BBC NEWS | Science/Nature | Big mammals key to tree-ant team
At first it may seem counter-intuitive: that preventing large African herbivores from browsing Acacia trees decreases their growth.
Acacia trees provide ants with swollen thorns, which serve as nesting sites; and nectar, which the ants collect from the bases of Acacia leaves. In return for this investment, ants protect the tree from browsing mammals by aggressively swarming against anything that disturbs the tree.
The researchers disrupted this relationship by fencing off six plots of savanna land in Kenya by an 8,000-volt electric fence for 10 years. Herbivores, such as giraffes and elephants, were no longer able to feed on the trees, causing a change in plant-ant dynamic.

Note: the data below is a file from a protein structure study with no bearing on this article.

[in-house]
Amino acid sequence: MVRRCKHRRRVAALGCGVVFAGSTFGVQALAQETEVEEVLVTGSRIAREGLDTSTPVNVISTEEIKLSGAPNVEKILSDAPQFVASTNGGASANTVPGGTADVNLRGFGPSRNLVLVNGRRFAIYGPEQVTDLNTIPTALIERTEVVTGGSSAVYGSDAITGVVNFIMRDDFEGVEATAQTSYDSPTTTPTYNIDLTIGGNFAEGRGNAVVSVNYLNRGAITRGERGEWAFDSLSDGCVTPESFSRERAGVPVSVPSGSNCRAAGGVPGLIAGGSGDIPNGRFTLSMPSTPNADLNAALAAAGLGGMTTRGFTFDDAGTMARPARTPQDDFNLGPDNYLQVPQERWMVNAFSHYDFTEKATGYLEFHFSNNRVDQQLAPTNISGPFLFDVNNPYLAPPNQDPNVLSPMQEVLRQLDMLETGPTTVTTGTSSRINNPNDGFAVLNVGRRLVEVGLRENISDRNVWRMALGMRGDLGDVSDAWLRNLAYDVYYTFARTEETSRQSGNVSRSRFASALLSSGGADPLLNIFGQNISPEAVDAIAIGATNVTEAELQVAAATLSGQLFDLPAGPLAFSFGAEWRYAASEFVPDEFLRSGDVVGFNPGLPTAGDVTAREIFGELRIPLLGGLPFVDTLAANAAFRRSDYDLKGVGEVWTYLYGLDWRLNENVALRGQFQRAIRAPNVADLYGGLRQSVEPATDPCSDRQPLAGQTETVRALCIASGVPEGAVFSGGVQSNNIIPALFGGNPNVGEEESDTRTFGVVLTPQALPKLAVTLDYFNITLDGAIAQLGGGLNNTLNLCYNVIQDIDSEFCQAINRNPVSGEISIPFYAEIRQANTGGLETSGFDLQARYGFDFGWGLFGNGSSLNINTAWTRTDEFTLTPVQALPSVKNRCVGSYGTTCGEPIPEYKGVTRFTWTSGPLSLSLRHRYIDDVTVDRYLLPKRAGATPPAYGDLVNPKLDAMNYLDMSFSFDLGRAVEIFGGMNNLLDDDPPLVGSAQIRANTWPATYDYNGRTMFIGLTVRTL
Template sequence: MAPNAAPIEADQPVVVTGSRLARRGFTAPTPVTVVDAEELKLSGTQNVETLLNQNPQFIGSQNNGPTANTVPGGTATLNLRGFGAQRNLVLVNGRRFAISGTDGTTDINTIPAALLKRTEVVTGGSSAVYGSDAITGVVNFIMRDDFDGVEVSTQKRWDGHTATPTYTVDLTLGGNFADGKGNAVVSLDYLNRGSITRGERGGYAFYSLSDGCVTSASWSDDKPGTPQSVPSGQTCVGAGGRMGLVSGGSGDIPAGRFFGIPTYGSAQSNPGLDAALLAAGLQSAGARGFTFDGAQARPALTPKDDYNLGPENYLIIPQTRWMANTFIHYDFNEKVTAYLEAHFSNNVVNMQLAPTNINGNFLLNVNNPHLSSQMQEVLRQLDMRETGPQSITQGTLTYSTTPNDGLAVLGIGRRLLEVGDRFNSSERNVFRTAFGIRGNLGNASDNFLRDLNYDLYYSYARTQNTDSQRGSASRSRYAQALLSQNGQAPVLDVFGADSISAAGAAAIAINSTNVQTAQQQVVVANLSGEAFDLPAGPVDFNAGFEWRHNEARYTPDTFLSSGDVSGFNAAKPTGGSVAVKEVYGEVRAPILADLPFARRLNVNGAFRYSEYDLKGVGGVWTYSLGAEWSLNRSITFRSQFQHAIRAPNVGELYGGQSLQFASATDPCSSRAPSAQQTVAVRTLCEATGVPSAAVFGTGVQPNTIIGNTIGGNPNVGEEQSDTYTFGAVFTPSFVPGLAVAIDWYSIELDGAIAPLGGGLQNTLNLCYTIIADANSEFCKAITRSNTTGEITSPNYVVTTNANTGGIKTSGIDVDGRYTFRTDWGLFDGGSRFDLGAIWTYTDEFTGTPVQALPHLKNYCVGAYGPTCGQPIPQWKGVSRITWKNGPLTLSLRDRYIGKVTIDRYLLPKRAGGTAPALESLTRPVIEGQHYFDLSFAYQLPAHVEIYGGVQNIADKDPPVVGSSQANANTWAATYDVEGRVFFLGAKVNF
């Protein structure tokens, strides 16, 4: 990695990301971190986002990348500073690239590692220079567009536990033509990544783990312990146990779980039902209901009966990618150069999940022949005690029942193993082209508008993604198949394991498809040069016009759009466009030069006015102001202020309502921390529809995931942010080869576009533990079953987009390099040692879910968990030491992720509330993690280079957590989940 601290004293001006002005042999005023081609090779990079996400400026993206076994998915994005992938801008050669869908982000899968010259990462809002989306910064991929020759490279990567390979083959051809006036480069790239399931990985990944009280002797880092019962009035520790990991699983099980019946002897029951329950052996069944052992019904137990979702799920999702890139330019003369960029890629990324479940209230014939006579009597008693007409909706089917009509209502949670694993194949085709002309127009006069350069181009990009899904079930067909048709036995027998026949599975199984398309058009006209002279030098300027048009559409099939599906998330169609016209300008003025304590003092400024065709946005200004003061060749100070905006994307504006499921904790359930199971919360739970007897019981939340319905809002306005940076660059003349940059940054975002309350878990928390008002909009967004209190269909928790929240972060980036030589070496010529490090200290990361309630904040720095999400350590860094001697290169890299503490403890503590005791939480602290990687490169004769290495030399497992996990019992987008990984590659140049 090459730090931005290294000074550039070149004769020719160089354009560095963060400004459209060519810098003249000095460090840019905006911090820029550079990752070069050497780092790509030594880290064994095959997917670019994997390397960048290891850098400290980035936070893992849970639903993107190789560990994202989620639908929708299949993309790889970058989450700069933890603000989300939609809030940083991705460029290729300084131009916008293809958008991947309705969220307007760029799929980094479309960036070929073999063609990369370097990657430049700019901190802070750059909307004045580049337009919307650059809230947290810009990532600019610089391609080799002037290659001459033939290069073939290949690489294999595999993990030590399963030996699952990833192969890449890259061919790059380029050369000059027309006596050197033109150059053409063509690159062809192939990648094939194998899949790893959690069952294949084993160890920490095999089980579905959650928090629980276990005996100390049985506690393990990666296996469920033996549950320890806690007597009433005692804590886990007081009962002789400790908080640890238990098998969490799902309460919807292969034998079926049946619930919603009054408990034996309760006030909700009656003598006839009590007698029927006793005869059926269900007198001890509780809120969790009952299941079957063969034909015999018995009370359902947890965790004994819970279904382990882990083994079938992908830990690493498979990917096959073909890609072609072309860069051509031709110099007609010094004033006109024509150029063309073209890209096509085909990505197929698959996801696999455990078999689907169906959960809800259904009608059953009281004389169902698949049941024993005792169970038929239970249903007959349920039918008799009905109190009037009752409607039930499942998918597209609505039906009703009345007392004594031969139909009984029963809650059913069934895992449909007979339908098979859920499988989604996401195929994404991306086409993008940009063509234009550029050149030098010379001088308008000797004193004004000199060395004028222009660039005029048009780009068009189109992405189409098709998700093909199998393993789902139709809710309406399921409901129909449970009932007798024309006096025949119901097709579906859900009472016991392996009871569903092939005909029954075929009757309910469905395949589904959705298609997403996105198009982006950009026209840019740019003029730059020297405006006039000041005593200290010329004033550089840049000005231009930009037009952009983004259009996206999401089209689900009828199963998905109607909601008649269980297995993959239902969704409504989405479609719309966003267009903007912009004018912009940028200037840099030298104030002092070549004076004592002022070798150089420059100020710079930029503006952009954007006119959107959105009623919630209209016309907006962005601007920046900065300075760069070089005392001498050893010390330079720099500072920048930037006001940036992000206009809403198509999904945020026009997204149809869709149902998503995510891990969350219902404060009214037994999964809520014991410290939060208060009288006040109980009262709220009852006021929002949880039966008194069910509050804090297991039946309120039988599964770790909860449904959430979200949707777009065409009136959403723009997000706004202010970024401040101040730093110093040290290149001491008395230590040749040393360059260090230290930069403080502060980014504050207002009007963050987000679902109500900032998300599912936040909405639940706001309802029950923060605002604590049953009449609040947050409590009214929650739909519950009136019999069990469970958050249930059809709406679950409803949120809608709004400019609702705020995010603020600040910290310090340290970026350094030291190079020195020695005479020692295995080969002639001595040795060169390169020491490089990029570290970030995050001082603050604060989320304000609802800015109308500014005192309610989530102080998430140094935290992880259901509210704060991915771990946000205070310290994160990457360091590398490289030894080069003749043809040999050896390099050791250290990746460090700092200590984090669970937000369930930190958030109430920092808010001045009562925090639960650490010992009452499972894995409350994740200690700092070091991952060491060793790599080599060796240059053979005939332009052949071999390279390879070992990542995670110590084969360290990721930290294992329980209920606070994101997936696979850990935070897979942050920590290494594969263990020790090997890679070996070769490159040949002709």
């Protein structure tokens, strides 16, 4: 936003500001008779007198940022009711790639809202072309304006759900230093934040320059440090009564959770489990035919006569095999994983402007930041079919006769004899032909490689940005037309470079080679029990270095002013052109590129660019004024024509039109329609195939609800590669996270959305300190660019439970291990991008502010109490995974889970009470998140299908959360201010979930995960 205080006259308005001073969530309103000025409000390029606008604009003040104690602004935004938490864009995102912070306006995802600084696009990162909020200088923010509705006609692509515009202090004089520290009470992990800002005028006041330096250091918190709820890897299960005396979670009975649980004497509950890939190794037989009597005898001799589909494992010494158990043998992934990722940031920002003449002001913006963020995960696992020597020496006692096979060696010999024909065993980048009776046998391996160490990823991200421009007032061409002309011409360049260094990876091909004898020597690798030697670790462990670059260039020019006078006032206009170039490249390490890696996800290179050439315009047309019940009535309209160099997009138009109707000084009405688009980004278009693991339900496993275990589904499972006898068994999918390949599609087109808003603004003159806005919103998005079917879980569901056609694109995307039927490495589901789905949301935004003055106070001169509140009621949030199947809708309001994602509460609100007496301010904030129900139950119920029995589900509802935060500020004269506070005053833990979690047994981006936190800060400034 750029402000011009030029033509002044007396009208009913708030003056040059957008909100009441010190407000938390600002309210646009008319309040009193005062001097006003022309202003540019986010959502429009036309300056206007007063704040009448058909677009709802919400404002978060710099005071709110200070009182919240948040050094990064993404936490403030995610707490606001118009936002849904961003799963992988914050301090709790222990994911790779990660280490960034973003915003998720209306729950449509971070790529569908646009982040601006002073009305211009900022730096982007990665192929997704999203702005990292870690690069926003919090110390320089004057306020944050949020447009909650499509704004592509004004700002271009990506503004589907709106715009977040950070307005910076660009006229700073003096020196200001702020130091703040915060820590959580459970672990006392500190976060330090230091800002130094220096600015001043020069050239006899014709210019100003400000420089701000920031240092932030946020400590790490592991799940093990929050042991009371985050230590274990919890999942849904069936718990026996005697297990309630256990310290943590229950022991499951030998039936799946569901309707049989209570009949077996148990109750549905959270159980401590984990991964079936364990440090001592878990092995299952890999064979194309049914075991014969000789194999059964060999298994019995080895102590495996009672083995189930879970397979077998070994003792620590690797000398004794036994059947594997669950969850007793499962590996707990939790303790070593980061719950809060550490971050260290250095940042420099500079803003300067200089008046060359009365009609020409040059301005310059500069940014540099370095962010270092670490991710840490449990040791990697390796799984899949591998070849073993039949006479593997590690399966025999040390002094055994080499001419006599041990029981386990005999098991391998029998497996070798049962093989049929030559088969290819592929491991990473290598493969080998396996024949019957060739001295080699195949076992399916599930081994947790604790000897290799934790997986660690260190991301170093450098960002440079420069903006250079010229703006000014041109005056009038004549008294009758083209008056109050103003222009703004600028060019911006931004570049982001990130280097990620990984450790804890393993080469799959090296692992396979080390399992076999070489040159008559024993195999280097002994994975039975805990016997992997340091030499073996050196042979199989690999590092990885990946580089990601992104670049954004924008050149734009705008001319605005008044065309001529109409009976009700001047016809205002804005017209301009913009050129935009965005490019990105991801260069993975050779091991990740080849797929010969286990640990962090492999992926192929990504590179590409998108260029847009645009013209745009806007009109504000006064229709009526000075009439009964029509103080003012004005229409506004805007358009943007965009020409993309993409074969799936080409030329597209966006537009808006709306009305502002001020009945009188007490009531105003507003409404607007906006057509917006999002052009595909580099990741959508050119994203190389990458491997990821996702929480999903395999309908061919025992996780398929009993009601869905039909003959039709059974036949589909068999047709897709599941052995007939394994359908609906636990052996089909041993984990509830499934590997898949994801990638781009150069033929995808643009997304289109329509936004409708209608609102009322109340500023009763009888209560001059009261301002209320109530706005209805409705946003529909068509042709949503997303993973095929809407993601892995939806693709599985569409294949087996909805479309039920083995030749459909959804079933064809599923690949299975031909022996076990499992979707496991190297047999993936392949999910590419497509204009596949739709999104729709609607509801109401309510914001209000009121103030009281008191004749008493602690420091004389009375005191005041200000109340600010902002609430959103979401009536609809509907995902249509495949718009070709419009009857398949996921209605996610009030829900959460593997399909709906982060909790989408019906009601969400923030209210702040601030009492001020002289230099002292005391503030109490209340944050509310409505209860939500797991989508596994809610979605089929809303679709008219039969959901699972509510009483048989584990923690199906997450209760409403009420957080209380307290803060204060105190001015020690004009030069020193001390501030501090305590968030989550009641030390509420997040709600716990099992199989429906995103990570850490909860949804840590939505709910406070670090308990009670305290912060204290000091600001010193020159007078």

Due to lack of housing and food, the mutualistic ant species becomes less aggressive, its colony size decreases and it loses its competitive edge.
“The net result is a community-wide replacement of the ‘good’ mutualist ant by a decidedly ‘bad’ ant species that does not protect the trees from herbivores, and actually helps a wood-boring beetle to create tunnels throughout the main stem and branches of the acacia trees, which the bad ant then uses as nesting space,” Dr Palmer explains.
Trees occupied by this antagonist ant grow more slowly and experience double the death rate compared with trees occupied by the mutalistic ant. Thanks to EPIC for passing on this example of the Laws of Unintended Consequences